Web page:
New paper on the role of sensory development in language learning

The latest paper from our lab is out in the Journal of Experimental Child Psychology.  We review how babies learn from visual, auditory, and tactile perception, and extend those findings to illustrate mechanisms by which infants learn from social interactions. We focus on the statistical regularities that emerge in the moment-by-moment behaviors observed in studies […]

New paper on infant attention

It’s been a busy week for the B.A.B.Y. lab!  Our paper yesterday in Current Biology demonstrated how social feedback guides song learning in birds.  Our new paper, led by Gina Mason, is out today in Infancy. We show how social interactions organize attention in five-month-old human infants. Using a naturalistic play paradigm, we found that […]

New paper on female guidance of birdsong learning

The latest paper from our lab is out in Current Biology.  In the field of birdsong learning, most researchers focus on male singers rather than females, who in many species don’t sing. Our work shows that females play a crucial role in guiding song learning with rapid nonvocal gestures that are used by young males […]

B.A.B.Y lab research in Scientific American

Rachel Albert, a B.A.B.Y. lab Ph.D now at Lebanon Valley College, recently authored an article in Scientific American on our recent findings from a study on parental responses to infant babbling.  In the study, we asked mothers to react to audio and video clips of unfamiliar infants engaged in babbling.  We found that infants who babbled […]

New paper on the social functions of infant babbling

A new article in Science Daily reports on our recent discoveries about the social functions of infant babbling.  Traditionally, baby babbling was thought of as simple motor exercise, but we have found that babbling plays a crucial role in the development of communication and language.  In our new paper published in Developmental Science, we asked […]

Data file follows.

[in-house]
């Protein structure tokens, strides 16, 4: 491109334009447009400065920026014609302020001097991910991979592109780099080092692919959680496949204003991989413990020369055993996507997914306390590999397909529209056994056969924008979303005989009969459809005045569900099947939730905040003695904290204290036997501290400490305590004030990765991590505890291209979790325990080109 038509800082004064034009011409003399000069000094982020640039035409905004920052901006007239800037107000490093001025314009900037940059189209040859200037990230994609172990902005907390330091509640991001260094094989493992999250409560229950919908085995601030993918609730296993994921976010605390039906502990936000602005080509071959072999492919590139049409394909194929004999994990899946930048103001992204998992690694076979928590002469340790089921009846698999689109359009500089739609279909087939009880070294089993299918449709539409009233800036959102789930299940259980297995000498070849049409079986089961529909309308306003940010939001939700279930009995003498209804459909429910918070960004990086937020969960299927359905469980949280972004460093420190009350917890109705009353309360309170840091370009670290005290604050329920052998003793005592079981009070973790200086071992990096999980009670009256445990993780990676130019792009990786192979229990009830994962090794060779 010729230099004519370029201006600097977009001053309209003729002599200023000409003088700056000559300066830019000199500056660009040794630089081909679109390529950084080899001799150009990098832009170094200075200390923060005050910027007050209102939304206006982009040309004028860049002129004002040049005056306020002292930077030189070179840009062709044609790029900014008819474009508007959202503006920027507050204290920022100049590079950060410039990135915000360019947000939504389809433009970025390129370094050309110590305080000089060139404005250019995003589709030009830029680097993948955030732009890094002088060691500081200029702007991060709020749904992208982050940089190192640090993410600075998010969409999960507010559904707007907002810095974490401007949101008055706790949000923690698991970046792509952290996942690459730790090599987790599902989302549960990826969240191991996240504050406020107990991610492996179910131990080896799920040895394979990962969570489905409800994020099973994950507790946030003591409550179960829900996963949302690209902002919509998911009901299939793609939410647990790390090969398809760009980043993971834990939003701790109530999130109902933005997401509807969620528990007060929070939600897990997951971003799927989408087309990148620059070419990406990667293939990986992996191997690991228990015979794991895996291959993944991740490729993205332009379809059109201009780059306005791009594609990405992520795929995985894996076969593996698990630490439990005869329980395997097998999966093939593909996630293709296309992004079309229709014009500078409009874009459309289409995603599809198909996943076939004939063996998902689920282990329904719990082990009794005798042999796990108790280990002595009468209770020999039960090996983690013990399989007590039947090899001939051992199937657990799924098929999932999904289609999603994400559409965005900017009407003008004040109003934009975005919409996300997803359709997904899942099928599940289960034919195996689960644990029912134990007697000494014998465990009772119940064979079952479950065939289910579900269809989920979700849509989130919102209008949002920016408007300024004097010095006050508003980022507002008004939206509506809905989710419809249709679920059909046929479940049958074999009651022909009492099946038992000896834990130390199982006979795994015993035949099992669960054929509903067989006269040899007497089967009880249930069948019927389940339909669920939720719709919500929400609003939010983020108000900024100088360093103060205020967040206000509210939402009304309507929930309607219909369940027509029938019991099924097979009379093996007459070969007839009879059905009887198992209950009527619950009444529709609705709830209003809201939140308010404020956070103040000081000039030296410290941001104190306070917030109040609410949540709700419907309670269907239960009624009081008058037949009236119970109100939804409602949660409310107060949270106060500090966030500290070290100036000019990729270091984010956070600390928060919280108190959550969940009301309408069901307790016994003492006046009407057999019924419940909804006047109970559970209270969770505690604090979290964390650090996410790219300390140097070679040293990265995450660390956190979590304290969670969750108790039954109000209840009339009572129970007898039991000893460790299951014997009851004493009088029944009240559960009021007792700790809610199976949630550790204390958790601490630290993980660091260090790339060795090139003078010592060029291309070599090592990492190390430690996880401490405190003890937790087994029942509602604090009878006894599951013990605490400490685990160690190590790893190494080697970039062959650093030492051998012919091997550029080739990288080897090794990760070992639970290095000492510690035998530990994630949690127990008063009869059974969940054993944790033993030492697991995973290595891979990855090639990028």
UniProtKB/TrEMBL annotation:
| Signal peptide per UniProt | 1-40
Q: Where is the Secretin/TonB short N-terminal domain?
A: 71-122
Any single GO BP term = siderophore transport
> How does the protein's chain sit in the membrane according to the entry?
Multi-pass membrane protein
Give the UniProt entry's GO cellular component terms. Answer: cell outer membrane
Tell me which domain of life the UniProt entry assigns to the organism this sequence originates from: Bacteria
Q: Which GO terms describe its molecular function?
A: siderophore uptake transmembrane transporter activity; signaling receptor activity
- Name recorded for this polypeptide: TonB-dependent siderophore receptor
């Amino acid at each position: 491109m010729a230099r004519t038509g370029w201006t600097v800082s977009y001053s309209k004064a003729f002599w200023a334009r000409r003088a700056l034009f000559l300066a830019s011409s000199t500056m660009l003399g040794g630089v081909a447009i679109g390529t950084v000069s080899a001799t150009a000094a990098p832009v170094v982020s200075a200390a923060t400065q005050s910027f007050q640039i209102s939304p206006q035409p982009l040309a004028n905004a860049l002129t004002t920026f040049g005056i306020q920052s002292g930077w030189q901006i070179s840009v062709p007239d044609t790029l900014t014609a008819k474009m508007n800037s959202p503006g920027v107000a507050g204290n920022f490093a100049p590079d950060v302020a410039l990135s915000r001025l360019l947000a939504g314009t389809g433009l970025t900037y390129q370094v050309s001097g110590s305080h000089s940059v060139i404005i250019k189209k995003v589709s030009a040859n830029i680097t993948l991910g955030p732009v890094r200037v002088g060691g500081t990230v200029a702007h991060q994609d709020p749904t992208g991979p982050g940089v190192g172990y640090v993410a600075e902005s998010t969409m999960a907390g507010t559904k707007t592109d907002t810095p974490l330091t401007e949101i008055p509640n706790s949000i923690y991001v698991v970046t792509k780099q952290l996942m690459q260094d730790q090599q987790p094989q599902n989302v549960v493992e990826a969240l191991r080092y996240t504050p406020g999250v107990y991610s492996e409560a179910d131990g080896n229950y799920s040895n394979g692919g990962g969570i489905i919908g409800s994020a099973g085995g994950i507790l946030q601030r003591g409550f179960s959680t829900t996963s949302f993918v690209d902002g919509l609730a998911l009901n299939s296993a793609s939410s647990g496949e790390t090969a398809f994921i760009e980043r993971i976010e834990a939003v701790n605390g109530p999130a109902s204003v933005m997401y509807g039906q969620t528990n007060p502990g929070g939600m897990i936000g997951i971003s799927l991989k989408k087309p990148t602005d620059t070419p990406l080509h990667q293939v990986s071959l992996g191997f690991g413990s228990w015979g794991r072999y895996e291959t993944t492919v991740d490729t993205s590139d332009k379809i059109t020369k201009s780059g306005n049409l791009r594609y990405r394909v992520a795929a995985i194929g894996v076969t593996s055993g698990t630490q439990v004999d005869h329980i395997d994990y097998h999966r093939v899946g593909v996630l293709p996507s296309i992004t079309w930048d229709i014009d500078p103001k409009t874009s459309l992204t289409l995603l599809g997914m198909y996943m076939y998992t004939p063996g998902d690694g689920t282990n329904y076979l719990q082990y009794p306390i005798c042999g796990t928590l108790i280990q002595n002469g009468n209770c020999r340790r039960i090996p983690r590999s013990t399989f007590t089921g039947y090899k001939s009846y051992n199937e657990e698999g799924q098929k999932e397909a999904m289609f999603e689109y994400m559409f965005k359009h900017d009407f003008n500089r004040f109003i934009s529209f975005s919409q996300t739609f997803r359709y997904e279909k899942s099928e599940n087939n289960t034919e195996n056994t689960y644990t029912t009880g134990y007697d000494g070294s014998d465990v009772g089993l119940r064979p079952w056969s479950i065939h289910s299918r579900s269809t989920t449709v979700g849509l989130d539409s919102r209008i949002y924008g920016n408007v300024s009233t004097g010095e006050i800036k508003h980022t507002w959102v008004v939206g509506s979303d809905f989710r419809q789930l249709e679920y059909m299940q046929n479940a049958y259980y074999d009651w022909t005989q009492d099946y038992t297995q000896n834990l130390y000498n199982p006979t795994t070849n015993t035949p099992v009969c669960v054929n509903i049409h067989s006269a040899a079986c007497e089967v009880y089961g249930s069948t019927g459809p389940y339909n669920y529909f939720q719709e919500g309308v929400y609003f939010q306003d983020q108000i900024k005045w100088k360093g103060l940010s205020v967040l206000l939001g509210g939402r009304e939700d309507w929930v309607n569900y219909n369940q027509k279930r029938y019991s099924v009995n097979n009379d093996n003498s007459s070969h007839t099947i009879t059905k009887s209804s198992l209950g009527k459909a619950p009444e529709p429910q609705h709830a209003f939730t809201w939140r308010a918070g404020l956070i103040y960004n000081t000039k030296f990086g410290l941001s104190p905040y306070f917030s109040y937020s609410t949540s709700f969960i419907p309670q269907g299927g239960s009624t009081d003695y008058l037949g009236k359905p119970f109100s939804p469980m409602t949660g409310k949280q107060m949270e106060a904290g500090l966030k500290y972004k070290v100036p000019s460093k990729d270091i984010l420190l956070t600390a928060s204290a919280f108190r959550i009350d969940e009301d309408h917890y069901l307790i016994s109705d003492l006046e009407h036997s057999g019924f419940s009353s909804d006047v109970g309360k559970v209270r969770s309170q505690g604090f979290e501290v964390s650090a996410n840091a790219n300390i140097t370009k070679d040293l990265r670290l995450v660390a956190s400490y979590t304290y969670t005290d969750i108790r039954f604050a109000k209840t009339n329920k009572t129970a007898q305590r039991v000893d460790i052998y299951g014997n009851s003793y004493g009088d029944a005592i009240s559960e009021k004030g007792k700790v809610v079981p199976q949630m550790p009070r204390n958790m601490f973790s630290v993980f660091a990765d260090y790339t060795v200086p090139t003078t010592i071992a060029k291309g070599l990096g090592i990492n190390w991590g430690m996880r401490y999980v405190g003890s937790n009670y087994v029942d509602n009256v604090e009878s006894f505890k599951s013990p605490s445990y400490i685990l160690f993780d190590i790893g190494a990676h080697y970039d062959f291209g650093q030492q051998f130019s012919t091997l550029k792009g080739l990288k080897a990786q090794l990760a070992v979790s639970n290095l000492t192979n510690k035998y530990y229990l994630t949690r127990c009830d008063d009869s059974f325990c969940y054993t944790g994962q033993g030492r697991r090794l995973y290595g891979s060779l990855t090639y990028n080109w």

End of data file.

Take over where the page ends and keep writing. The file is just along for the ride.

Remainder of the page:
New paper on the role of social motivation in song learning

A new article in the Cornell Chronicle reports on our latest paper investigating the role of social motivation in learning how to communicate.  Infant songbirds and humans learn from social feedback to their immature behavior, but the mechanisms linking social motivation to communicative development are unknown.  In our new paper published in the Proceedings of the […]

Babies influence mothers’ speech

If someone spoke to you in a high pitched, animated manner, you might be a little confused. This style of talking is known as infant-directed speech (IDS) and is characterized by high pitch, slower tempo, tonal variation, and simplified language. But why do parents naturally use this speech with their children? As science has shown, IDS is […]

B.A.B.Y. Lab at the Ithaca Festival!

Come find us at Ithaca Festival! The Cornell B.A.B.Y. Lab will be hosting an activity booth on Cayuga Street (between Buffalo and Court St.) on Saturday and Sunday starting at noon. You can watch how your little ones play with toys that are structured, like balls or blocks, or unstructured, like play-dough. Come see the different […]

B.A.B.Y. Lab on NPR

Lab director Dr. Michael Goldstein be interviewed on the NPR affiliate WSKG on Wednesday (4/15) afternoon as a guest on Community Conversation: A Public Discussion On Child Care. There will be a live audience as part of the public forum on child care and early education, then the interview will be broadcast at 7:00pm tonight on WSKG […]